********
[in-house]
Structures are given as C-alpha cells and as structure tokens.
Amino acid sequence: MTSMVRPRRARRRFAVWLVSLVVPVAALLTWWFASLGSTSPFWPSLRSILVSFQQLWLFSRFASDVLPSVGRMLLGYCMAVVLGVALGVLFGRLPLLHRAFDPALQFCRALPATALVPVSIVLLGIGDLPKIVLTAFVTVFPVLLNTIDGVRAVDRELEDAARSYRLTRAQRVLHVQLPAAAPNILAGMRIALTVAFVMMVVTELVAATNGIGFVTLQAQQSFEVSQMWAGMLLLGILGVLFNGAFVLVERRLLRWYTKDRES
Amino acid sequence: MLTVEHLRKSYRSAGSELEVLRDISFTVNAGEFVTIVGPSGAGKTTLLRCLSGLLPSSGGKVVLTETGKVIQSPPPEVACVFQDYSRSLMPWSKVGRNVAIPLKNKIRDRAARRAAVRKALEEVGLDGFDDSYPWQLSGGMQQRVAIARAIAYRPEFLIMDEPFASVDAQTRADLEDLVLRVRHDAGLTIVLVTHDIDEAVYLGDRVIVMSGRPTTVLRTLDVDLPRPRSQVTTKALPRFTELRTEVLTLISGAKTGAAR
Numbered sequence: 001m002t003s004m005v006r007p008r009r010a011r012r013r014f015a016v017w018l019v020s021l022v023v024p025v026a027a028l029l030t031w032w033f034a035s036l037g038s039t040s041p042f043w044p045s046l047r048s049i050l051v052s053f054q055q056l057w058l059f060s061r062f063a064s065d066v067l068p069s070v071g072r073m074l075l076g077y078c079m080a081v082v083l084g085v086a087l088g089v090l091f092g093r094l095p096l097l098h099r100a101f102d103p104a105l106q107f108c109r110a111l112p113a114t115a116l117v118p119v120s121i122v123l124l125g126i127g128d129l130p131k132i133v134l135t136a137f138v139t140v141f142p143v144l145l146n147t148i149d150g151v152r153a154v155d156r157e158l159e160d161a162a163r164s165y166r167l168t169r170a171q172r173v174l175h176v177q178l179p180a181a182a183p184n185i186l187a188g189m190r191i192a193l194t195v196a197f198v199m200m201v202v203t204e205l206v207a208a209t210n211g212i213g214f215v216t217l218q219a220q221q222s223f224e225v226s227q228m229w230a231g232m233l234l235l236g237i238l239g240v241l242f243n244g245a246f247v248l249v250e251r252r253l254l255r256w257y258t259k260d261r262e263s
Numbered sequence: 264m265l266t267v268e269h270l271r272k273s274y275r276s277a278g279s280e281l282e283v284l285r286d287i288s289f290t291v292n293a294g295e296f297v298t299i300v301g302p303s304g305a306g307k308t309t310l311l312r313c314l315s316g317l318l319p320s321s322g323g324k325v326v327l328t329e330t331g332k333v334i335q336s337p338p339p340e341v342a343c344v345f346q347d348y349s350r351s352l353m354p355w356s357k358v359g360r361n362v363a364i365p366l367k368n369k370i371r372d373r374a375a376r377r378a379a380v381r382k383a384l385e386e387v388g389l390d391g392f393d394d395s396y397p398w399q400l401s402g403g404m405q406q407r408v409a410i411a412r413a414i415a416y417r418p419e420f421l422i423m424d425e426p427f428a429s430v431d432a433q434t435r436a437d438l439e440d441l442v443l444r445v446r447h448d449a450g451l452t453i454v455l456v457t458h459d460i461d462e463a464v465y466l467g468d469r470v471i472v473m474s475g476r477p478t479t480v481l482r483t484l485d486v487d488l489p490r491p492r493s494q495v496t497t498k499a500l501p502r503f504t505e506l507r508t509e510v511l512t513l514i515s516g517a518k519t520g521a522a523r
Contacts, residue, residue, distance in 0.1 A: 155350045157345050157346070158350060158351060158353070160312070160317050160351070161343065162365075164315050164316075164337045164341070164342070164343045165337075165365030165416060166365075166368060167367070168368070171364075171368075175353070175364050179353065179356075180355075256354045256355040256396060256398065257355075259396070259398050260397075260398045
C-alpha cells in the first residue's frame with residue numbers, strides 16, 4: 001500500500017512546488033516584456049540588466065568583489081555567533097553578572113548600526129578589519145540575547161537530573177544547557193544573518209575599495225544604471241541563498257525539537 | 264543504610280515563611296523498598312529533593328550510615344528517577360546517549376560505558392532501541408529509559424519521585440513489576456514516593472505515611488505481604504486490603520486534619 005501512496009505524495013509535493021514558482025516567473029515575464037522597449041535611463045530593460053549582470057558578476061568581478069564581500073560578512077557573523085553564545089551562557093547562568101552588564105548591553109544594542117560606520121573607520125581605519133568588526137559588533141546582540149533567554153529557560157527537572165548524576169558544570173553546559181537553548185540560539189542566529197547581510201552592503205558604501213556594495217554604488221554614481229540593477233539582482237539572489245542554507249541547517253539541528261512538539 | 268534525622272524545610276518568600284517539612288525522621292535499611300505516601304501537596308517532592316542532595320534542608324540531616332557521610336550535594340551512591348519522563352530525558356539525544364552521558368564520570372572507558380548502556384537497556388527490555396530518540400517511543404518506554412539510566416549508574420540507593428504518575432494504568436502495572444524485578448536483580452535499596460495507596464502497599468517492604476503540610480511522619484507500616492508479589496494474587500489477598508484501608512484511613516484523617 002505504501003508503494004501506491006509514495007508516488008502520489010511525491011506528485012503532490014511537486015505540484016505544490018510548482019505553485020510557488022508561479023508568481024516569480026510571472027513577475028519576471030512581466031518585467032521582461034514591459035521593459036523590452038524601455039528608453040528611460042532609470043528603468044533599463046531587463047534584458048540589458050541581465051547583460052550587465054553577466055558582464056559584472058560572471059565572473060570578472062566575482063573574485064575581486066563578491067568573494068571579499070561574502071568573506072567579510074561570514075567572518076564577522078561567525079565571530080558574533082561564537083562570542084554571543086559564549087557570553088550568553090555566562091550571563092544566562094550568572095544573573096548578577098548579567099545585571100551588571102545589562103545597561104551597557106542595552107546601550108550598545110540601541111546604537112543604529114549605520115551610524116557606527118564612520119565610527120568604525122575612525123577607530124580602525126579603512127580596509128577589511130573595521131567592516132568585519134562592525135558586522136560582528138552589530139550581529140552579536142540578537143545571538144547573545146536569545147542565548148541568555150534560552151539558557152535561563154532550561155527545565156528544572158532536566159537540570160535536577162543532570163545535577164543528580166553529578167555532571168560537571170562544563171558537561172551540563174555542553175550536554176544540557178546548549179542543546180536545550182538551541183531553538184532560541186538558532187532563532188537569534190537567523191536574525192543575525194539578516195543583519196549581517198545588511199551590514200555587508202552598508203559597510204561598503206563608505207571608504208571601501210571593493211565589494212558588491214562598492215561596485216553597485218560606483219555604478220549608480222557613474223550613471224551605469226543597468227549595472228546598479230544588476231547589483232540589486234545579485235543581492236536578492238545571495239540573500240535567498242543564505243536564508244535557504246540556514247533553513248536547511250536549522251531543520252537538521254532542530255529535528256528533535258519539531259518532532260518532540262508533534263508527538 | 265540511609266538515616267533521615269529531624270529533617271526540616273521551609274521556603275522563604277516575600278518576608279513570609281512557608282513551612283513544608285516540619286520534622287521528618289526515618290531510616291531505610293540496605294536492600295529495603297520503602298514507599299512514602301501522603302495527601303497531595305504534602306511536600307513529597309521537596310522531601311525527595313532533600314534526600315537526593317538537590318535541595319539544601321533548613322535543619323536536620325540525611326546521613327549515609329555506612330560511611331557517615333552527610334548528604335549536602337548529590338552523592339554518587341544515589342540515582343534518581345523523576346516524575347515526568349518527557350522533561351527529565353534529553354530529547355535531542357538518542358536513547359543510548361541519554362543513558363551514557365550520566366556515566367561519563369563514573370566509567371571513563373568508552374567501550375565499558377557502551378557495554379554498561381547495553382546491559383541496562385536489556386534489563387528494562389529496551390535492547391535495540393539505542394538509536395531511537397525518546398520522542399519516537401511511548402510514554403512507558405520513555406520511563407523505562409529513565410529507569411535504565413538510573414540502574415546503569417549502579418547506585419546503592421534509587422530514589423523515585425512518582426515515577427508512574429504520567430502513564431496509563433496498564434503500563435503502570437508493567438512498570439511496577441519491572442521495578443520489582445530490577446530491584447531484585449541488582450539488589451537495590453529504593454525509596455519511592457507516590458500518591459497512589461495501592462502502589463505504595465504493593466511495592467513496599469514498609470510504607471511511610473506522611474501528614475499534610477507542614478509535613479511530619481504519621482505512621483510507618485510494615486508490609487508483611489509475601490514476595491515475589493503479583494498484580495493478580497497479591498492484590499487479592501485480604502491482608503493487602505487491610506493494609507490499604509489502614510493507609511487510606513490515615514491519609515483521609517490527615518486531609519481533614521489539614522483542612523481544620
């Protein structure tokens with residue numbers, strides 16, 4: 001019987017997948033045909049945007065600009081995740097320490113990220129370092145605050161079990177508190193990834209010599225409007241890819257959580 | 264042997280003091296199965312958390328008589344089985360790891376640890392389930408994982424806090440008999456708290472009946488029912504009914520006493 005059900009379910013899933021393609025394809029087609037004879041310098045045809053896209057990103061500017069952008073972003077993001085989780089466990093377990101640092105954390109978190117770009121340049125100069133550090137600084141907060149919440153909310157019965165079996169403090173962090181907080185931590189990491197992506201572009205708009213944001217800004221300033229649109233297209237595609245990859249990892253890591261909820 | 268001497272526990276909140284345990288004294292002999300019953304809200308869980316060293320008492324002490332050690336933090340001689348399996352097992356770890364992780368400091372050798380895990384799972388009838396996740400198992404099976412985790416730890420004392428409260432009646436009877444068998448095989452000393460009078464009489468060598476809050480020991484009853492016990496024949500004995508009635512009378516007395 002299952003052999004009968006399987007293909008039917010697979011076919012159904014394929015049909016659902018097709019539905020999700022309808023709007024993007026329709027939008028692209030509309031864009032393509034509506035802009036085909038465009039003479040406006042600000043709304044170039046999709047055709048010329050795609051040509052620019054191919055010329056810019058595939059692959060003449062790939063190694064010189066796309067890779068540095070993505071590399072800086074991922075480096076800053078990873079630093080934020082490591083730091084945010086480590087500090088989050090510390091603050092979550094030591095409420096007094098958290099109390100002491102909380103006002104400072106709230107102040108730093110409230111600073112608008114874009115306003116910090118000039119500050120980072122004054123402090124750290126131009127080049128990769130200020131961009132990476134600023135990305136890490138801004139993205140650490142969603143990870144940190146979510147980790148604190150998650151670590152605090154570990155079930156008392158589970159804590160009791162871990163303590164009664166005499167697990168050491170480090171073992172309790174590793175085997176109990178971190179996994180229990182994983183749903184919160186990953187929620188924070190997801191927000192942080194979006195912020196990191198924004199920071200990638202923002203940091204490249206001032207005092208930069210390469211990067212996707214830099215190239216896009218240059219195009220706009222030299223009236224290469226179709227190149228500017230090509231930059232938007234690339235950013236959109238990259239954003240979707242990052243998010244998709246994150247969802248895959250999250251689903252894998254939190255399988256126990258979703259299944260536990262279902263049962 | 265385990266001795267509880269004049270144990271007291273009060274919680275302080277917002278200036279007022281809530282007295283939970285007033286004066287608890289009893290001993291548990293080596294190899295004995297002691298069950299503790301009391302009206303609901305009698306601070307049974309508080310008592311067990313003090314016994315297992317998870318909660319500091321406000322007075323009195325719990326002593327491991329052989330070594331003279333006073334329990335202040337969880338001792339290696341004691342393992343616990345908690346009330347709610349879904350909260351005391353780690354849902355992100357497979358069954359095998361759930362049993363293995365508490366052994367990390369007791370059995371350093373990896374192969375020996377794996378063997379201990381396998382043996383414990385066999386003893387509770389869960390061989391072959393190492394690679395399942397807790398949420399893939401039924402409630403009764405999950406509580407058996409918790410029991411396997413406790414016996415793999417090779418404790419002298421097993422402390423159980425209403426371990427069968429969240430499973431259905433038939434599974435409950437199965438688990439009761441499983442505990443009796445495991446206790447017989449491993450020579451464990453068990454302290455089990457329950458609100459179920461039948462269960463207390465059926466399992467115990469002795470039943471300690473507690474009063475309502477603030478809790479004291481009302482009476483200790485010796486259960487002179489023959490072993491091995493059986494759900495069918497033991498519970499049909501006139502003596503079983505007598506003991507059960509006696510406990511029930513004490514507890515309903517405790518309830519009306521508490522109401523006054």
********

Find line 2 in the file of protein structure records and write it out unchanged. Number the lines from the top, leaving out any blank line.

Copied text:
Structures are given as C-alpha cells and as structure tokens.